Dim sum: a dip into lunch in China

    Photo by Katie Chen / North by Northwestern.

    On a crisp Saturday morning, the Taiwanese-American Student Club made an outing down the El to Chinatown. There were only two items on the agenda: eating as much dim sum as possible and shopping for any must-have Asian groceries. Happy Chef was the restaurant of choice; the members of the group sat down at large, white round tables to order their eagerly anticipated lunch. Dim sum restaurants offer more than a meal; eating dim sum is a little journey of its own.

    Why eat dim sum when you have all you can eat dining halls? First of all, eating dim sum is fun in itself to order and choose. Secondly, and most obviously, it tastes so damn amazing! There are so many choices that you can have the best of all the world’s cuisine. You can get whatever you want, be it spicy, fried, boiled, steamed, simmered, broiled, stir fry, roasted, or drenched in sauce. Since the dishes come in little portions, you can either get a lot of something you find delicious or choose to stuff yourself with a number of different, equally delicious appetizers. When your parents visit, you can take them to a dim sum restaurant and show them how cultured and skilled you are.

    The History and Background

    Dim sum is a Chinese form of cuisine whose name literally translates to “a little bit of heart” or “a little delicacy.” In other words, dim sum doesn’t consist of huge entrées, like pasta or steak. Customers are expected to try a little bit of everything they want, like having a series of small appetizers. Serving portions are usually around three to five pieces of each delicacy. Ingredients range from meat (beef, pork, chicken), seafood (crab, shrimp, clam), and fried goods to fruits (cantaloupe, oranges) and vegetables (bok choi, Chinese broccoli). There’s no standard form to the dishes. They range from porridge to pastries, dumplings and buns. Local restaurants frequently create their own unique specialties, so the dim sum catalog is ever-expanding, but most restaurants carry common staples.

    How to Eat Dim Sum

    Most dim sum newbies get confused during the ordering process. There are two ways to order your food and depending on the style, each restaurant generally sticks to one method or the other. The first and more traditional type of restaurant has the waiters push around two-tiered carts that have the dishes out on display. The customer is presented with an array of food sitting in a little circular tin or bamboo containers. They can pick and choose as much as they want. Other places, like Happy Chef, have a menu already set up on the table with a pencil for the customers to check off how many of each dish they want.

    Since there are so many appetizers to create, dim sum is rarely home-cooked. Instead, visiting the restaurants on occasion gives families a chance to congregate together in a comfortable setting. On weekends, they can take breaks from their busy lives to bring family and friends together around one table.

    Yum Cha, Cantonese for “tea drinking,” begins the meal. When sitting down for dim sum, it is respectful for the people who first get the teapot to serve everybody else at the table before pouring a cup for themselves. The tea beverage is a crucial part to the overall experience since it can help cleanse the palate between each dish and add a soothing drink that complements each appetizer. Oolong, jasmine, and chrysanthemum are some of the varieties of tea usually offered.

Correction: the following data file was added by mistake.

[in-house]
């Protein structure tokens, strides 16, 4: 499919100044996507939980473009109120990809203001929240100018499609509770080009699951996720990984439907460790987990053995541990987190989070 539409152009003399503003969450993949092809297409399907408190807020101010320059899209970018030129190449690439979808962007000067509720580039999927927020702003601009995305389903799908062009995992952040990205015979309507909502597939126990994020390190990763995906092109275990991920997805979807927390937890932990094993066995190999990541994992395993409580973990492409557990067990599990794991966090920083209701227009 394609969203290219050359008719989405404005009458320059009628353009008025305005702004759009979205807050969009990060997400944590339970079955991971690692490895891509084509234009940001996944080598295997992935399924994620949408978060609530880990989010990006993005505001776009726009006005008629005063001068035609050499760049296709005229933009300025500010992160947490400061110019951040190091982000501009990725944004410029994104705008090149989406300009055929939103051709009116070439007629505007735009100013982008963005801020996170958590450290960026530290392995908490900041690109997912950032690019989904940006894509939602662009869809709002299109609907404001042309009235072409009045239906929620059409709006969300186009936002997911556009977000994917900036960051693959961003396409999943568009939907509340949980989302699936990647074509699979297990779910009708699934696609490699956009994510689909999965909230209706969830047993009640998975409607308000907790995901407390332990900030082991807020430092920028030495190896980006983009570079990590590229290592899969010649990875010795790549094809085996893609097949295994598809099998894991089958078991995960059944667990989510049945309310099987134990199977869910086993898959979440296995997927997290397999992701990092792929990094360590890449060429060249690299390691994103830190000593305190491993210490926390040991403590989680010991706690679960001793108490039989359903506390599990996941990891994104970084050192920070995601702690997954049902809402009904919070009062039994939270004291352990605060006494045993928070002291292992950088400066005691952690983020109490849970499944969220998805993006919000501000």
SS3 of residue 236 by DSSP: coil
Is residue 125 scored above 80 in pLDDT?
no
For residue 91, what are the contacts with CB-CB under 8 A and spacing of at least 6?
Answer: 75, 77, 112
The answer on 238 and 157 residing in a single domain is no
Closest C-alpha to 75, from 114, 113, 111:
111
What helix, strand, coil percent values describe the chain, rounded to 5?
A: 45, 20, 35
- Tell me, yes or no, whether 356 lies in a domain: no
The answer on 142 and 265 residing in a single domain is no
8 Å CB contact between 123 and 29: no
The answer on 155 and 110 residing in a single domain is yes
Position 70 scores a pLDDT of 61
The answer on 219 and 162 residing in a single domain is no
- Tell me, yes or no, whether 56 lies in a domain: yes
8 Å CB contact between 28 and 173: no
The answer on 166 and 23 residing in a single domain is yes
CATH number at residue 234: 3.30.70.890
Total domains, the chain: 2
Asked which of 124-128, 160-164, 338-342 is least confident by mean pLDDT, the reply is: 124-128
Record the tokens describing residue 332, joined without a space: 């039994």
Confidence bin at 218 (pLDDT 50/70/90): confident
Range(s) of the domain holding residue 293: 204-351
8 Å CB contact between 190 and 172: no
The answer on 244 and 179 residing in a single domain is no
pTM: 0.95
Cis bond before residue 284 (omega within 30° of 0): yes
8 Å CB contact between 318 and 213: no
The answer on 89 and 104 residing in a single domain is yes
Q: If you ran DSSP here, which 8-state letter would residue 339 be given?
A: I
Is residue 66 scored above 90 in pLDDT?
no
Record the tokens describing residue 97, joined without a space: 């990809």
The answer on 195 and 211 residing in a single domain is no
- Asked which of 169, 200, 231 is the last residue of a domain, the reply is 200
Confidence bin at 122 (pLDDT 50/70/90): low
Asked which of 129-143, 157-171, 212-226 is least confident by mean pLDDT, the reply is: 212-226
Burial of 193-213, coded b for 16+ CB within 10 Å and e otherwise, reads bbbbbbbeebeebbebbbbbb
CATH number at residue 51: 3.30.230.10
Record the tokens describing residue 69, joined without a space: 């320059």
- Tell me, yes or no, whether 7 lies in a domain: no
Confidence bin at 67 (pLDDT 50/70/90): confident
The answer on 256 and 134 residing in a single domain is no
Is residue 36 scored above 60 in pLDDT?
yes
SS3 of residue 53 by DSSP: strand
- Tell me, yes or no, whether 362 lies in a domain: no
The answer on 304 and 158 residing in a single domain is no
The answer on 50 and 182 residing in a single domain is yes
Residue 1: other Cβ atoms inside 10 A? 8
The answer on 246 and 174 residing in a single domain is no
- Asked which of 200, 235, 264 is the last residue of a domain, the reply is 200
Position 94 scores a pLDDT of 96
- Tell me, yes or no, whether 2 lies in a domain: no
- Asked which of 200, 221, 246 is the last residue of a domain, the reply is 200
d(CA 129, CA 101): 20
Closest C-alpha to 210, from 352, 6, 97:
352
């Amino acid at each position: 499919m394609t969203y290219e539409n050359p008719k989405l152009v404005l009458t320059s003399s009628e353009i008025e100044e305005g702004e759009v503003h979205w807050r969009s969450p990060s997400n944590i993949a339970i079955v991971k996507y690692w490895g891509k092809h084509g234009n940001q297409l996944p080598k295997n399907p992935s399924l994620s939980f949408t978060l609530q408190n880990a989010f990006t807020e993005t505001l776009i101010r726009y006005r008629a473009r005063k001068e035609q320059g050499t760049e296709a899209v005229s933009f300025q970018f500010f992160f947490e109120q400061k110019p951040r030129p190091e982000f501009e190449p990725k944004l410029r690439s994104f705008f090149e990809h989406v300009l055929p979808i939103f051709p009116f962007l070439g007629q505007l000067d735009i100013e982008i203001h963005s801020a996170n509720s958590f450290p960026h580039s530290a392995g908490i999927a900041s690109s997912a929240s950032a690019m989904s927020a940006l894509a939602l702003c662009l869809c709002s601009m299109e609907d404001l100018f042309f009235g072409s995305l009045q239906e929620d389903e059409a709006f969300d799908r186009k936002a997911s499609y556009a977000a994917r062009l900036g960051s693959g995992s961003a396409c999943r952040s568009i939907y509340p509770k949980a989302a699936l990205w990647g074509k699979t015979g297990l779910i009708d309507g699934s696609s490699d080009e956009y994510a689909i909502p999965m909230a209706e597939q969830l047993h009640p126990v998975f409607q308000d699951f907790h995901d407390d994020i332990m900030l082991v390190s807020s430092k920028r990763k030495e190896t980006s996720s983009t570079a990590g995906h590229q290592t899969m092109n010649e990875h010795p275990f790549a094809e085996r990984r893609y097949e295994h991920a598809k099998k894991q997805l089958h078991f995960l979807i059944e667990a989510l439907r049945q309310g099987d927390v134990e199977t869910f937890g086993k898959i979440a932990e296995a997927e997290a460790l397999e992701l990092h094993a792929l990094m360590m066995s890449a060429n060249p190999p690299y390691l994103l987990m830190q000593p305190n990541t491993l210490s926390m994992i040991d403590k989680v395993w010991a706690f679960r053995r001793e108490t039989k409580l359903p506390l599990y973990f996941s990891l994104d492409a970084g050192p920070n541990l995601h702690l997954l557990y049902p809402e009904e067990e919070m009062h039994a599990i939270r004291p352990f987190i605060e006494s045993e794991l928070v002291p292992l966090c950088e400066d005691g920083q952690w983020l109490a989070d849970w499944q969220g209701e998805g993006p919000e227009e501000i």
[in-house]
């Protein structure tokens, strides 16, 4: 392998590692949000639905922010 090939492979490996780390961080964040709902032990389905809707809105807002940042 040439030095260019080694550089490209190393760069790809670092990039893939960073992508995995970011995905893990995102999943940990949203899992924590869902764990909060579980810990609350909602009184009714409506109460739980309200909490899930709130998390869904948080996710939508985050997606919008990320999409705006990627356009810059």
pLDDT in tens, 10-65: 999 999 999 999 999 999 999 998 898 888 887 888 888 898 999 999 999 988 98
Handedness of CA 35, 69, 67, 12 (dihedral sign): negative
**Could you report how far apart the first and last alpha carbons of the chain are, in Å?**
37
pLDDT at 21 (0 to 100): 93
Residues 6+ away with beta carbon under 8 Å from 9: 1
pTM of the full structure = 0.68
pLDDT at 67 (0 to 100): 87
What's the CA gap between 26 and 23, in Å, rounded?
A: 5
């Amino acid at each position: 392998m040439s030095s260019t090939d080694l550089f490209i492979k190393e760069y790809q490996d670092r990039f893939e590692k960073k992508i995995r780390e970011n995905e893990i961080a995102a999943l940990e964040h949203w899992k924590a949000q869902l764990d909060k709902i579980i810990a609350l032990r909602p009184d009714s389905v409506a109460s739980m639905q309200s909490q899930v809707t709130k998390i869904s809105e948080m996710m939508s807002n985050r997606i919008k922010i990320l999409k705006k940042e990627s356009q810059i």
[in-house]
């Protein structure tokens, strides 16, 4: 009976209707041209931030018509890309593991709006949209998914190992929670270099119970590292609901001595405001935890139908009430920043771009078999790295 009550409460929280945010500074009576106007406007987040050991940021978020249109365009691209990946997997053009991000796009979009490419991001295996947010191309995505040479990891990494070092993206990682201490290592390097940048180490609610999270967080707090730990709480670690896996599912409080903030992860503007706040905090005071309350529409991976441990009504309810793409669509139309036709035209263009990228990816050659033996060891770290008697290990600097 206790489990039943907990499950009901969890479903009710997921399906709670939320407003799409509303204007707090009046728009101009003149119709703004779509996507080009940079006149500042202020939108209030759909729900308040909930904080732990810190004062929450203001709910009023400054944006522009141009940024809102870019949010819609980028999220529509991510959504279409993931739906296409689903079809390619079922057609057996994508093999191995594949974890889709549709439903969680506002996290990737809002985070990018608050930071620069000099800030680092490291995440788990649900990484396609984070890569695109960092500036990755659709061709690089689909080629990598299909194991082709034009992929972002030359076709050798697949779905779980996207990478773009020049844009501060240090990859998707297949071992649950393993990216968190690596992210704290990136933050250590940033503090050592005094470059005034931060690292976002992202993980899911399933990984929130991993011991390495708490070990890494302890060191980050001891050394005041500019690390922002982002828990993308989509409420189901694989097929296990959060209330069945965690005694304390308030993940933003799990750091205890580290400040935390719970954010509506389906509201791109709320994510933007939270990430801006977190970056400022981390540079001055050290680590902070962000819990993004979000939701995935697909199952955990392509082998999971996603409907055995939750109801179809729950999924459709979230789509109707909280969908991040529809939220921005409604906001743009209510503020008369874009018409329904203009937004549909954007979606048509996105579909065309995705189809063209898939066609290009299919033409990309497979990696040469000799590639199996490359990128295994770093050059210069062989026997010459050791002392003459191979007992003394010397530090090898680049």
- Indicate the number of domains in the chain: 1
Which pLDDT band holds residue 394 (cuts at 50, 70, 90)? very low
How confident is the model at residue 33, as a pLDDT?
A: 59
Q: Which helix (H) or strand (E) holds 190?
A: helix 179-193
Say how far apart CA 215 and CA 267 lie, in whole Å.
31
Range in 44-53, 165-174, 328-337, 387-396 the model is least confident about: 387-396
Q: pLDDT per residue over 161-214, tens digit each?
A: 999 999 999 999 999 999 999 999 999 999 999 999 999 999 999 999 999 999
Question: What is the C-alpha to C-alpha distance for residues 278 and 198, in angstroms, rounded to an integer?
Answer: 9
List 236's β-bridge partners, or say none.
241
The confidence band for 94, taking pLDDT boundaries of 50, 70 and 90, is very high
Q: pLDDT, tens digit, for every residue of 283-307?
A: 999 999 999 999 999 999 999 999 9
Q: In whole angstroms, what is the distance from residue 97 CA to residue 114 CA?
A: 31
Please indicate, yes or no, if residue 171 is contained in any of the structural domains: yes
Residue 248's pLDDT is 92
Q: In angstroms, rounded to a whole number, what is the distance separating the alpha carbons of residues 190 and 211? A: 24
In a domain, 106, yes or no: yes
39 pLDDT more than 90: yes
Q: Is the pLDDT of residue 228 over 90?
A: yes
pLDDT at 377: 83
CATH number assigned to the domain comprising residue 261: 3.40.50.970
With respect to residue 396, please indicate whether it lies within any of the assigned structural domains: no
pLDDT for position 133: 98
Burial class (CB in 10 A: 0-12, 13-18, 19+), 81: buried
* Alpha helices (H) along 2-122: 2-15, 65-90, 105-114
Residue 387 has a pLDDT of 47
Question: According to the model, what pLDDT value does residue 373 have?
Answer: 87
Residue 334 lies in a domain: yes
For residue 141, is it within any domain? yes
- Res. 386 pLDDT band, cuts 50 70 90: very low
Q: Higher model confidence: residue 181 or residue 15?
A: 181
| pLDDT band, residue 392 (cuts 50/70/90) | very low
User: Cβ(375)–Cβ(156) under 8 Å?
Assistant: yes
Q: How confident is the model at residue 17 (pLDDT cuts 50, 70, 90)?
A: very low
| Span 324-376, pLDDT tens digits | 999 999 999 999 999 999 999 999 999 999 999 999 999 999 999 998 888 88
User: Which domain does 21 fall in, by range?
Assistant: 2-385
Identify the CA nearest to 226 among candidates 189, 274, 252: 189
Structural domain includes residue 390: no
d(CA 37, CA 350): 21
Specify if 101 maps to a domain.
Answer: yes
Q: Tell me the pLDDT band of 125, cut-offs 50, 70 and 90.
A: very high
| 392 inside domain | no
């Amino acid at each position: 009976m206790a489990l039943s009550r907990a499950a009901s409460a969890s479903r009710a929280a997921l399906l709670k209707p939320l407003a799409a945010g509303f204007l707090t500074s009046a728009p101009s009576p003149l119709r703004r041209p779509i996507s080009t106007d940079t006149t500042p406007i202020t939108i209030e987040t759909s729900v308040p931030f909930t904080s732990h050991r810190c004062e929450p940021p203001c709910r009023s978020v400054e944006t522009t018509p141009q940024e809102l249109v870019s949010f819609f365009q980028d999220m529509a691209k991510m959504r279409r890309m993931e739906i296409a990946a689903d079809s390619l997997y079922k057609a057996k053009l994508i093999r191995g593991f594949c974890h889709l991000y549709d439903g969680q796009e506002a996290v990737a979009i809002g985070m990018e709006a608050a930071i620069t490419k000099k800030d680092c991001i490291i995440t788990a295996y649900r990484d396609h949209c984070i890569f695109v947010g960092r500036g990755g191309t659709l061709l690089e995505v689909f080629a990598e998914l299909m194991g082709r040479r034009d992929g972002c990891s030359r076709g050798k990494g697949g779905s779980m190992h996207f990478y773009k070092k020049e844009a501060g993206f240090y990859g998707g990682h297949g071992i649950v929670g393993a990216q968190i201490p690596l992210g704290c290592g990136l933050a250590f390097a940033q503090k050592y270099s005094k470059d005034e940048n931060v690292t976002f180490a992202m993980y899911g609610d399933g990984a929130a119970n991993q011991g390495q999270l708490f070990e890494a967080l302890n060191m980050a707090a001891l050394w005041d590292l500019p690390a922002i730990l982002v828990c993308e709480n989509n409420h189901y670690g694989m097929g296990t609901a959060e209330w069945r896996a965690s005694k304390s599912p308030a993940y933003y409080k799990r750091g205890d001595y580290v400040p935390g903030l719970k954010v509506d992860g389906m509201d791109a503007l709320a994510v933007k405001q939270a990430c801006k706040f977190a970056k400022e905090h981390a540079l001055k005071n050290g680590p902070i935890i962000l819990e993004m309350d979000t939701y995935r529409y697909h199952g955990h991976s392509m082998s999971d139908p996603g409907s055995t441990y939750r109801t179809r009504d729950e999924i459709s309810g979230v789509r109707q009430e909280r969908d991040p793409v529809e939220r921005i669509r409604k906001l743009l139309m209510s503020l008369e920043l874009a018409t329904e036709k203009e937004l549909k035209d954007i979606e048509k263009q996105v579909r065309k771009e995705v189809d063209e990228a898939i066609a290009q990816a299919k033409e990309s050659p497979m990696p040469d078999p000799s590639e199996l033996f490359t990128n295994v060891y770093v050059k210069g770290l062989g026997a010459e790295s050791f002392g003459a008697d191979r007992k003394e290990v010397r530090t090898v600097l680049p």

A little saucer is also placed on the table for customers. Some restaurants provide chili paste and Chinese hot mustard, while others give soy sauce with chili. If the restaurant is very dedicated, then it might supply extra dipping sauces for specialized dishes.

    Top Ten Classic Dim Sum Dishes Everyone Should Try
    (* = Vegetarian)

    1. Shumai: This is the ubiquitous appetizer that comes to everyone’s mind when dim sum is mentioned. The steamed dumpling is filled with pork with a dash of cabbage, mushrooms, shrimp or prawn.
    2. Char Siu Bao: The best ones have light, fluffy white buns that melt into sweet bliss when you bite into them. They surprise you with a chunk of smoky, drool-worthy barbecued pork slathered in sauce in the center.
    3. Savory (Salty) dumplings: This dumpling isn’t soft and chewy, like normal: the rice-flour is deep fried to a golden crunch on the outside and has delicious, salty meat inside.
    4. Spring Rolls: Spring rolls come with a special soy and vinegar blend that brings out the juicy taste of cabbage, carrot, pork and the crispy fried outer shell.
    5. Roasted Duck: The duck is sliced into medium-sized pieces with the skin still hot and the meat still steaming. The sauce it comes in is one of the best. It also has a tangy sweet and sour dip that comes as a side.
    6. Lotus Leaf Rice*: The moment you open the lotus leaf, the wonderful aroma wafts from the wrap, enticing you to eat the whole thing at once. The tea leaf smell is the most amazing part. The sticky rice has mushrooms and pork hidden inside, depending on the restaurant.
    7. Dumplings and Pot stickers: Try them all.
    8. Rice Noodle Roll*: This is fairly self-explanatory.
    9. Egg Tart*: This tart works well as a sweet dessert. It has a creamy, yellow center and a warm, baked, flaky exterior.
    10. Sesame Seed Balls*: This can be considered a dessert as well. Each ball of dough is deep fried on the outside and chewy and sweet, with a sesame seed cover.


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